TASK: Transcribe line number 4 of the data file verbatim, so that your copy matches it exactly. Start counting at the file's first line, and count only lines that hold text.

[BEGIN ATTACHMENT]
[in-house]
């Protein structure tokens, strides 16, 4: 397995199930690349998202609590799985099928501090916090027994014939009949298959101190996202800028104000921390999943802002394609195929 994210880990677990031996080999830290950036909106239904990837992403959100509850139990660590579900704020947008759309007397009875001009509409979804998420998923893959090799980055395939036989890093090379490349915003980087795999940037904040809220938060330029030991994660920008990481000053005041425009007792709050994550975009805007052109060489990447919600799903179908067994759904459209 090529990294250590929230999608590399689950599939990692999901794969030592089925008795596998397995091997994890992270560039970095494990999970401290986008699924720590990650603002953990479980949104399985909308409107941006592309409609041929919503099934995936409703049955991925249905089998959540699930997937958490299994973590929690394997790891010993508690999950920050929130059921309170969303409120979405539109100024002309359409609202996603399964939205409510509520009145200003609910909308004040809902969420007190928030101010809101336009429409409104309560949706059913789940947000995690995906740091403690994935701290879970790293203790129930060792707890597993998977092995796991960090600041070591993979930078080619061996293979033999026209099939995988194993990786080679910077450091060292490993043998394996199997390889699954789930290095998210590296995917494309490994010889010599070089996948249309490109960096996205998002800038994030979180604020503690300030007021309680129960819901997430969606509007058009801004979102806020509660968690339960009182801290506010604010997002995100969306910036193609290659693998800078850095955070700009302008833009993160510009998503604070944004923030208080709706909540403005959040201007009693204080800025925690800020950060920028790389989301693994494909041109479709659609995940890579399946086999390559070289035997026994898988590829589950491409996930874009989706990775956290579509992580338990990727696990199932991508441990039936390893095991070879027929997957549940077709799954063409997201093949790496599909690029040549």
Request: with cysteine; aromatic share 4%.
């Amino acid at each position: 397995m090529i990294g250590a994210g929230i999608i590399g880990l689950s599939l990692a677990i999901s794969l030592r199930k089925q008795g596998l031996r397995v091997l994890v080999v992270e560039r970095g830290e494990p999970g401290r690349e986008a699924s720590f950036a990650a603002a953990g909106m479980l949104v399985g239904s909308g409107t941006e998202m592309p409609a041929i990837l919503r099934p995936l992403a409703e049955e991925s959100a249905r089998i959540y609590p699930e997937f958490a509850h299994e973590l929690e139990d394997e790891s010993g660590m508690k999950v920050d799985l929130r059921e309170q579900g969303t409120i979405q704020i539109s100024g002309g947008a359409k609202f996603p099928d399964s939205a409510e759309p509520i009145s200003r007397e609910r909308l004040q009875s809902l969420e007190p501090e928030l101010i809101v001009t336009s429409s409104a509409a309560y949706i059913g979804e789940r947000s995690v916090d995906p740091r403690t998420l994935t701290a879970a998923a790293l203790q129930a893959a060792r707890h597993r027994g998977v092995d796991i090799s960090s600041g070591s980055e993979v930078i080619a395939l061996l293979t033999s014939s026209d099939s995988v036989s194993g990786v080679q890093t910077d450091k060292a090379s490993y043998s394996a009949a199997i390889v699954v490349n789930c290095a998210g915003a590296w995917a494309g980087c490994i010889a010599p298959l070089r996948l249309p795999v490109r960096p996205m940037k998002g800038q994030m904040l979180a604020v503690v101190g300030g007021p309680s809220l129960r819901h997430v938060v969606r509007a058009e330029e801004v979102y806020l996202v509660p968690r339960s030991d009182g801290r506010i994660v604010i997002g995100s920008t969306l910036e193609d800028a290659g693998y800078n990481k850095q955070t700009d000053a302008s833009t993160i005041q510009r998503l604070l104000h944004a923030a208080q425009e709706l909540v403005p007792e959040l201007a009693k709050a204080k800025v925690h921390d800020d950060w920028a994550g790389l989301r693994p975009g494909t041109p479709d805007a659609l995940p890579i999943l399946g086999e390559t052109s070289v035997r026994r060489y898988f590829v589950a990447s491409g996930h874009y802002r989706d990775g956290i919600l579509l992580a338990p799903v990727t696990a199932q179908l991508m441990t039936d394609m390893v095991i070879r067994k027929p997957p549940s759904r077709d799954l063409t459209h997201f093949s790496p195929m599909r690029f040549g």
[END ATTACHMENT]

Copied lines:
């Amino acid at each position: 397995m090529i990294g250590a994210g929230i999608i590399g880990l689950s599939l990692a677990i999901s794969l030592r199930k089925q008795g596998l031996r397995v091997l994890v080999v992270e560039r970095g830290e494990p999970g401290r690349e986008a699924s720590f950036a990650a603002a953990g909106m479980l949104v399985g239904s909308g409107t941006e998202m592309p409609a041929i990837l919503r099934p995936l992403a409703e049955e991925s959100a249905r089998i959540y609590p699930e997937f958490a509850h299994e973590l929690e139990d394997e790891s010993g660590m508690k999950v920050d799985l929130r059921e309170q579900g969303t409120i979405q704020i539109s100024g002309g947008a359409k609202f996603p099928d399964s939205a409510e759309p509520i009145s200003r007397e609910r909308l004040q009875s809902l969420e007190p501090e928030l101010i809101v001009t336009s429409s409104a509409a309560y949706i059913g979804e789940r947000s995690v916090d995906p740091r403690t998420l994935t701290a879970a998923a790293l203790q129930a893959a060792r707890h597993r027994g998977v092995d796991i090799s960090s600041g070591s980055e993979v930078i080619a395939l061996l293979t033999s014939s026209d099939s995988v036989s194993g990786v080679q890093t910077d450091k060292a090379s490993y043998s394996a009949a199997i390889v699954v490349n789930c290095a998210g915003a590296w995917a494309g980087c490994i010889a010599p298959l070089r996948l249309p795999v490109r960096p996205m940037k998002g800038q994030m904040l979180a604020v503690v101190g300030g007021p309680s809220l129960r819901h997430v938060v969606r509007a058009e330029e801004v979102y806020l996202v509660p968690r339960s030991d009182g801290r506010i994660v604010i997002g995100s920008t969306l910036e193609d800028a290659g693998y800078n990481k850095q955070t700009d000053a302008s833009t993160i005041q510009r998503l604070l104000h944004a923030a208080q425009e709706l909540v403005p007792e959040l201007a009693k709050a204080k800025v925690h921390d800020d950060w920028a994550g790389l989301r693994p975009g494909t041109p479709d805007a659609l995940p890579i999943l399946g086999e390559t052109s070289v035997r026994r060489y898988f590829v589950a990447s491409g996930h874009y802002r989706d990775g956290i919600l579509l992580a338990p799903v990727t696990a199932q179908l991508m441990t039936d394609m390893v095991i070879r067994k027929p997957p549940s759904r077709d799954l063409t459209h997201f093949s790496p195929m599909r690029f040549g």